DfT consultation proposes local transport bodies, including LEPs, budgetary control over schemes in their area
Local communities and businesses could be given control of decisions and budgets for major local transport schemes in their areas, under proposals announced for consultation by transport secretary Justine Greening recently.
The new system could potentially see decisions on capital funding for local schemes – including new local roads, public transport schemes, better pedestrian routes, and new local rail stations – devolved to democratically accountable local transport bodies.
Currently central government must approve all schemes over £5m. The government is proposing that from 2015 local transport bodies will be able to decide for themselves how to spend their money on priorities best suited to their local needs without Whitehall approval.
The primary role of local transport bodies – involving both Local Enterprise Partnerships (LEPs) and local authorities – would be to agree, manage and oversee the delivery of a prioritised programme of transport schemes from 2015 onwards.
The Department for Transport (DfT) is spending around £1.7bn on local transport projects between 2011 and 2015. The consultation proposes allocating funding to local transport bodies by formula rather than a competitive bidding process.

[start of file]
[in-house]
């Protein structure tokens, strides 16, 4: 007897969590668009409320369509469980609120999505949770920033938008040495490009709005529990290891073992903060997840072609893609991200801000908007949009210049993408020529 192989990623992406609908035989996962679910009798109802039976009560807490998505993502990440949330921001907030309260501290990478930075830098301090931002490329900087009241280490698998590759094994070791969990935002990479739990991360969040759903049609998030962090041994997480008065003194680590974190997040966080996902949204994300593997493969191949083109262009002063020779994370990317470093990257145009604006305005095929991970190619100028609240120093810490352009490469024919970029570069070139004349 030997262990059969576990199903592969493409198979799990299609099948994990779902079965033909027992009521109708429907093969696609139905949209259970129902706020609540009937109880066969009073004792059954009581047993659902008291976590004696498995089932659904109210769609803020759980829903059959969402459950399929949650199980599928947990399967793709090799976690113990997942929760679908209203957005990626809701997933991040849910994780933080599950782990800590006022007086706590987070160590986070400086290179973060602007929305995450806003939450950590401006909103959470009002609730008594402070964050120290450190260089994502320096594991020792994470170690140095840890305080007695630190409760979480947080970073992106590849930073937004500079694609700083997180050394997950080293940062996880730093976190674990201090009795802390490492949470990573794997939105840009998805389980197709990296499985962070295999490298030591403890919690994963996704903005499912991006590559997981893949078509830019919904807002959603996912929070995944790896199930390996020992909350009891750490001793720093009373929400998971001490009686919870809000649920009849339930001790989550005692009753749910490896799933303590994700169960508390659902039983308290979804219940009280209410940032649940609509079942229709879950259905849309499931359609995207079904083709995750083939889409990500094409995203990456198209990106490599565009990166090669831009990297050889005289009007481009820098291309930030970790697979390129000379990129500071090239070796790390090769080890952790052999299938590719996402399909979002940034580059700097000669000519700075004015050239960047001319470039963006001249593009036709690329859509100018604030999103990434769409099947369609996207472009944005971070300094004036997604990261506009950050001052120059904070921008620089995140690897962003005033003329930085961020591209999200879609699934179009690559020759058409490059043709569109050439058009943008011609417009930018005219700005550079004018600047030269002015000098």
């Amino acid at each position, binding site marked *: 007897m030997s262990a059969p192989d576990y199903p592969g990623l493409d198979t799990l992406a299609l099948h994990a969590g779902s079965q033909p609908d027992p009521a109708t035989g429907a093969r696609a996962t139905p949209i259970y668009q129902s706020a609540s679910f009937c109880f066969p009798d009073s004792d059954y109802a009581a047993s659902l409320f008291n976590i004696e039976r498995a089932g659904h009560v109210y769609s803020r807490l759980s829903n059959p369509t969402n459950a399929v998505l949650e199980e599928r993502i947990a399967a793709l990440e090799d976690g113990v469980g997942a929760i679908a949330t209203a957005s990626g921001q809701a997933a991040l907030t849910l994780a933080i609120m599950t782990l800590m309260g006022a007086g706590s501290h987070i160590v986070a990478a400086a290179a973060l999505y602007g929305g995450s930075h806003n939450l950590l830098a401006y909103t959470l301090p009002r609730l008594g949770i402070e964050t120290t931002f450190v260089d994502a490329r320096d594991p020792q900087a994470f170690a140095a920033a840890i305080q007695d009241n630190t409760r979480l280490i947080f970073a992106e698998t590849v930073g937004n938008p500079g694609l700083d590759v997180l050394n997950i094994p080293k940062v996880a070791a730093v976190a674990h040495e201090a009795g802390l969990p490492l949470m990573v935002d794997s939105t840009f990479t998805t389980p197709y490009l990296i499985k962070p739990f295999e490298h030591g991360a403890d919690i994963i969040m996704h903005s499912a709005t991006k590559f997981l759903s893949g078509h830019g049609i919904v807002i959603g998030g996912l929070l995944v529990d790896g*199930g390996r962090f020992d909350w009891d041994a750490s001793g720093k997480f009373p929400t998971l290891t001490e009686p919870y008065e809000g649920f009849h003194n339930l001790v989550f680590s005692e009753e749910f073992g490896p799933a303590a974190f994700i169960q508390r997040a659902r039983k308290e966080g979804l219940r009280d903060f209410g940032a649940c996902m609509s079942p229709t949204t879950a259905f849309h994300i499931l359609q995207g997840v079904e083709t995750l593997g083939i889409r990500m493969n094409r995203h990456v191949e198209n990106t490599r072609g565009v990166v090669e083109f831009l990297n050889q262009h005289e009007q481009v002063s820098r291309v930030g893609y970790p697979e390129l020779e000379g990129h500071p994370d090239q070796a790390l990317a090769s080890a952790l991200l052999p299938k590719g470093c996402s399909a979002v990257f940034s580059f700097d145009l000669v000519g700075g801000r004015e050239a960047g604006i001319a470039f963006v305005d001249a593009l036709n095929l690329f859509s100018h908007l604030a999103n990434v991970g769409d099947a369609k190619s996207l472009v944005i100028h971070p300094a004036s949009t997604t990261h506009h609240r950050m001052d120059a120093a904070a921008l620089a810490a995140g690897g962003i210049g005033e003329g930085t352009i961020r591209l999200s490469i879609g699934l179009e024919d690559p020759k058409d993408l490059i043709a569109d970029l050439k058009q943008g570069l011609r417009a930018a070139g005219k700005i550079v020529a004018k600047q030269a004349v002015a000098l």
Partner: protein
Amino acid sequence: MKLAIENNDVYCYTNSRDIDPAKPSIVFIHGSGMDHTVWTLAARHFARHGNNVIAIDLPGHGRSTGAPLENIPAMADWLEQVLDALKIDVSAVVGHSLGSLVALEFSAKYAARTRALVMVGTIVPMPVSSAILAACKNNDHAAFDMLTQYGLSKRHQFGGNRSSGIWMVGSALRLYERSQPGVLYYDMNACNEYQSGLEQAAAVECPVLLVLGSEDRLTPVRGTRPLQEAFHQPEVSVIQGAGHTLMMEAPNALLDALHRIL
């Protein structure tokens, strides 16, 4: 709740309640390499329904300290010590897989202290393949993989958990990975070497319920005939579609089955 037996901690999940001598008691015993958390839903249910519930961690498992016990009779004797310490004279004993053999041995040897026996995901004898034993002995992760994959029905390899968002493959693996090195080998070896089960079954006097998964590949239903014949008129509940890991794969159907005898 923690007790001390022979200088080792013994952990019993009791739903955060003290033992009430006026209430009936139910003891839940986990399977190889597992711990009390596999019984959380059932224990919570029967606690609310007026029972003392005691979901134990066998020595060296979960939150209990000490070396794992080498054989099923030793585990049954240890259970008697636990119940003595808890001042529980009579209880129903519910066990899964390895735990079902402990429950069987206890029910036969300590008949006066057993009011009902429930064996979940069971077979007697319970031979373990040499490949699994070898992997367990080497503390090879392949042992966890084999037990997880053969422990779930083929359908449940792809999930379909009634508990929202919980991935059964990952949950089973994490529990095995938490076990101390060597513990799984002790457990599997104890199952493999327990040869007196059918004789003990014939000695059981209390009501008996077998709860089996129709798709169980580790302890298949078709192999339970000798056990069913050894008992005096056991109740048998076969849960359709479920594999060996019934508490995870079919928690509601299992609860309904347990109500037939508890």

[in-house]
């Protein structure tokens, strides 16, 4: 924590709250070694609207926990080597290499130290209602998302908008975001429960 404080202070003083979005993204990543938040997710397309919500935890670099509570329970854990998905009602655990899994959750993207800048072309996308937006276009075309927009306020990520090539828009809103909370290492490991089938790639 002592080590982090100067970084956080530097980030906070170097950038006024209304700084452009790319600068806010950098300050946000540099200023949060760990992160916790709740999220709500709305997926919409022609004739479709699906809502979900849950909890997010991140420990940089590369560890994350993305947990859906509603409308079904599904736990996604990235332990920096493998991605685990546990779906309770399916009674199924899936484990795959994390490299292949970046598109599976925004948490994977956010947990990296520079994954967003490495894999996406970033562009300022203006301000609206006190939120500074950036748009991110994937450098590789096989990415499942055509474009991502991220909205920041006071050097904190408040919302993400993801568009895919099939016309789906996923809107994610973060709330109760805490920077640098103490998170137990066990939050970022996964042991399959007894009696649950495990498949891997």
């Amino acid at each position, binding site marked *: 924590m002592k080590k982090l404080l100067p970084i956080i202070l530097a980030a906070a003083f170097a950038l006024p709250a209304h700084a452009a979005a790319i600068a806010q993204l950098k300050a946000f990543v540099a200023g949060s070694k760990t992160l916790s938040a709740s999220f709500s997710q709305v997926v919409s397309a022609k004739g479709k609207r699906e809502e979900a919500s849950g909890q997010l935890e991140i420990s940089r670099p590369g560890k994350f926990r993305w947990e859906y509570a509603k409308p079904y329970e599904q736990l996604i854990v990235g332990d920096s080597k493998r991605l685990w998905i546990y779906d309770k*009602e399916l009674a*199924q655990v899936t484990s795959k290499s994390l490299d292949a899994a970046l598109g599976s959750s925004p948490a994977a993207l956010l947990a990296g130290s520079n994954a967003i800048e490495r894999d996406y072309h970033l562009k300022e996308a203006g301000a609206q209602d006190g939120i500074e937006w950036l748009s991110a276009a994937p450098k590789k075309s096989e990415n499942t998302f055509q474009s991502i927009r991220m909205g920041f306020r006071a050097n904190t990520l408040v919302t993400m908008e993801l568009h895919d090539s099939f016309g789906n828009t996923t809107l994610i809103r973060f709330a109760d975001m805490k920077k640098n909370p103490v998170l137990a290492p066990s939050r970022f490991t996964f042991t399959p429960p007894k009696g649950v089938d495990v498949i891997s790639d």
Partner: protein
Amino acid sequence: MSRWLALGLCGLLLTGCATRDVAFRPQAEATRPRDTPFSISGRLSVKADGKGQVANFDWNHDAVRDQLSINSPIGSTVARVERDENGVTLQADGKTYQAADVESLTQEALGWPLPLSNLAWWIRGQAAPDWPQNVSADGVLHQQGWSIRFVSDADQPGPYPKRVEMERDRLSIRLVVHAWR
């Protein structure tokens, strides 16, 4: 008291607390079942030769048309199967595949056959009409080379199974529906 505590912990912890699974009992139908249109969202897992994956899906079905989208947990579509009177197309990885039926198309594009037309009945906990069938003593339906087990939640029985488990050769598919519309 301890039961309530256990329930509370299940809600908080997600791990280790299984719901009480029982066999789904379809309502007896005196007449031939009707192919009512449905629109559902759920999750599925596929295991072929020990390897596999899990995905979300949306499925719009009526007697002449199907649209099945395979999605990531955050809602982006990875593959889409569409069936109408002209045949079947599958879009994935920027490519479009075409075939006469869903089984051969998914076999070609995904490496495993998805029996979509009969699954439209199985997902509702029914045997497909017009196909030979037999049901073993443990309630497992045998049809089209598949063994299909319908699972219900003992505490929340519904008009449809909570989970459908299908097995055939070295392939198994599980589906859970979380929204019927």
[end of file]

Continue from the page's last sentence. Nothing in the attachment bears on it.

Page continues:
In return for devolution, the bodies would need to assure the government of governance and financial management arrangements, accountability for decisions and achieving value for money.
“We want a system which is much more responsive to local needs and it makes good sense to give local residents and passengers a greater say in the transport infrastructure that they rely on so much,” said Greening.
“These proposals could hand real power to communities so they can make locally accountable decisions on what transport improvements are needed in their area. This is a key plank to our localism agenda, freeing local authorities from central government control, so I look forward to responses from across the country.”
The DfT has said it intends to publish a range of indicative allocations per individual LEP area by August this year. There are currently 39 LEP, tasked with determining local economic priorities and undertaking activities to drive growth and create local jobs.
The DfT’s consultation ‘Devolving local major transport schemes’, closes at 1700hrs on April 2, 2012. To access a copy, visit www.dft.gov.uk/consultations and to respond, write to Karl Murphy, Department for Transport, Great Minster House, 33 Horseferry Road, London, SW1P 4DR or email: [email protected]